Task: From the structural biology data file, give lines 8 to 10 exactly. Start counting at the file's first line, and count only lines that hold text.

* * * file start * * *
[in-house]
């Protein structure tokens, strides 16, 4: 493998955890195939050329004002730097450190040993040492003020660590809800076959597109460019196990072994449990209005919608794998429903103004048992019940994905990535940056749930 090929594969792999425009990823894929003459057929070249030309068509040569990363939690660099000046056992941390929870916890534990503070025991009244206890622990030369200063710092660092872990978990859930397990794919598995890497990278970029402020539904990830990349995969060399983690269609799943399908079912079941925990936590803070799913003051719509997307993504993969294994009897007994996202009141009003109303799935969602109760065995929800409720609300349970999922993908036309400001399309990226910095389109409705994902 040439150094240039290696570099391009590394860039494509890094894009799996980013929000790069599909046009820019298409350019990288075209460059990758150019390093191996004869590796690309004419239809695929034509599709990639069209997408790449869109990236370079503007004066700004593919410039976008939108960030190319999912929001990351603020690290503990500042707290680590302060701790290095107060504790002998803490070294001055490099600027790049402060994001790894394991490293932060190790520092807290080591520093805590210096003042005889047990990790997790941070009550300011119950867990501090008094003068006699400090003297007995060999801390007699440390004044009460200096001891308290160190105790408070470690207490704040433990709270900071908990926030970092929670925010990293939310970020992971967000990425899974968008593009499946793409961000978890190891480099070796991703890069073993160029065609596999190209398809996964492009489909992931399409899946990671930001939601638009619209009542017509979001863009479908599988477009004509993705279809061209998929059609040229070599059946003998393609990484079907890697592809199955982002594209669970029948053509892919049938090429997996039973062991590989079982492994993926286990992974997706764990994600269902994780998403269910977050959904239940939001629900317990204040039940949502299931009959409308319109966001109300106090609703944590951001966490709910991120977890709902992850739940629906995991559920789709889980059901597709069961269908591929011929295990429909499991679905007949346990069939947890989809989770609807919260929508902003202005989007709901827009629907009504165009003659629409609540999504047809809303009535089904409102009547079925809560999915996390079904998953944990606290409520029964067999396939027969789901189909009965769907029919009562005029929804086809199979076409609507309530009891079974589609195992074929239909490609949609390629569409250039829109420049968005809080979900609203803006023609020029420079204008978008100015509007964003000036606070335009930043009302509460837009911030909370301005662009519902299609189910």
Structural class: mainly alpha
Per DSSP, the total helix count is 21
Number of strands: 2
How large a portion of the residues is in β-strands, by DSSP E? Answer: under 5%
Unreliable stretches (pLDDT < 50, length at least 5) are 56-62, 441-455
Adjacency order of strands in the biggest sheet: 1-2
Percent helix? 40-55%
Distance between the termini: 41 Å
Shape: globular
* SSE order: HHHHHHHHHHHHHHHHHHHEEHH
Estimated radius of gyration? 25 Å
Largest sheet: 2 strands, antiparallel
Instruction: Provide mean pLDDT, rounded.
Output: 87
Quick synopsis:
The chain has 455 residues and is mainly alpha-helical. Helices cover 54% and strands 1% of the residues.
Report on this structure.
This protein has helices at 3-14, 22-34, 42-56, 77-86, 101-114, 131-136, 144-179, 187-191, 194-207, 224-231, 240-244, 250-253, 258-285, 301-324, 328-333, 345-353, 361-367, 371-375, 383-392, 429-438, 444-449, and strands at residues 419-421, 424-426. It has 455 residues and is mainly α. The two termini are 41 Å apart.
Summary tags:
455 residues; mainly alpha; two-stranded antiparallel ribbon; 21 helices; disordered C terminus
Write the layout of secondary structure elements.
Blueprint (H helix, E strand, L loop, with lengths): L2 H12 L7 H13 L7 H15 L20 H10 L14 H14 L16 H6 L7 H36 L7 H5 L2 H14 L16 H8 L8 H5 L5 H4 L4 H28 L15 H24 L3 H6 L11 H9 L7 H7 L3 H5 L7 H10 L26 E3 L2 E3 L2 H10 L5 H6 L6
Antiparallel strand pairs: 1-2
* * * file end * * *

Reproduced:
Adjacency order of strands in the biggest sheet: 1-2
Percent helix? 40-55%
Distance between the termini: 41 Å